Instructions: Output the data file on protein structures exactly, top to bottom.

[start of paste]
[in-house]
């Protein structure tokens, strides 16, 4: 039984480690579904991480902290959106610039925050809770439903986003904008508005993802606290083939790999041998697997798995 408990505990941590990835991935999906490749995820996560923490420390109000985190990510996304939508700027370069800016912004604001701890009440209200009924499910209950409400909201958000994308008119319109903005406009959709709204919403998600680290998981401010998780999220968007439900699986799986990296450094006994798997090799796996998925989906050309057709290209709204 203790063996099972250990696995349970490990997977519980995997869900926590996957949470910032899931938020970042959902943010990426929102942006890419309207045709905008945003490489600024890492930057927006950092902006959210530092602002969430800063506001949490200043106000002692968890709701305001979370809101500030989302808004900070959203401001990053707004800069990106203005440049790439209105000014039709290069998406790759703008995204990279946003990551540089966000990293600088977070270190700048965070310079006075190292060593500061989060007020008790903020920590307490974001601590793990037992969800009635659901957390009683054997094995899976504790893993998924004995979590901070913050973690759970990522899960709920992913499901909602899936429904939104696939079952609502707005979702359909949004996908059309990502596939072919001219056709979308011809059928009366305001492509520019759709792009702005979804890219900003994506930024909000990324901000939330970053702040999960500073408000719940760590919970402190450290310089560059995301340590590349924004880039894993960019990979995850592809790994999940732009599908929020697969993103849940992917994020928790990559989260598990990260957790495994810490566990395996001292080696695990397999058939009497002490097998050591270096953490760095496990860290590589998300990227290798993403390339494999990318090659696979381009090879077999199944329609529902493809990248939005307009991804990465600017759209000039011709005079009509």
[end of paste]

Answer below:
[in-house]
């Protein structure tokens, strides 16, 4: 039984480690579904991480902290959106610039925050809770439903986003904008508005993802606290083939790999041998697997798995 408990505990941590990835991935999906490749995820996560923490420390109000985190990510996304939508700027370069800016912004604001701890009440209200009924499910209950409400909201958000994308008119319109903005406009959709709204919403998600680290998981401010998780999220968007439900699986799986990296450094006994798997090799796996998925989906050309057709290209709204 203790063996099972250990696995349970490990997977519980995997869900926590996957949470910032899931938020970042959902943010990426929102942006890419309207045709905008945003490489600024890492930057927006950092902006959210530092602002969430800063506001949490200043106000002692968890709701305001979370809101500030989302808004900070959203401001990053707004800069990106203005440049790439209105000014039709290069998406790759703008995204990279946003990551540089966000990293600088977070270190700048965070310079006075190292060593500061989060007020008790903020920590307490974001601590793990037992969800009635659901957390009683054997094995899976504790893993998924004995979590901070913050973690759970990522899960709920992913499901909602899936429904939104696939079952609502707005979702359909949004996908059309990502596939072919001219056709979308011809059928009366305001492509520019759709792009702005979804890219900003994506930024909000990324901000939330970053702040999960500073408000719940760590919970402190450290310089560059995301340590590349924004880039894993960019990979995850592809790994999940732009599908929020697969993103849940992917994020928790990559989260598990990260957790495994810490566990395996001292080696695990397999058939009497002490097998050591270096953490760095496990860290590589998300990227290798993403390339494999990318090659696979381009090879077999199944329609529902493809990248939005307009991804990465600017759209000039011709005079009509």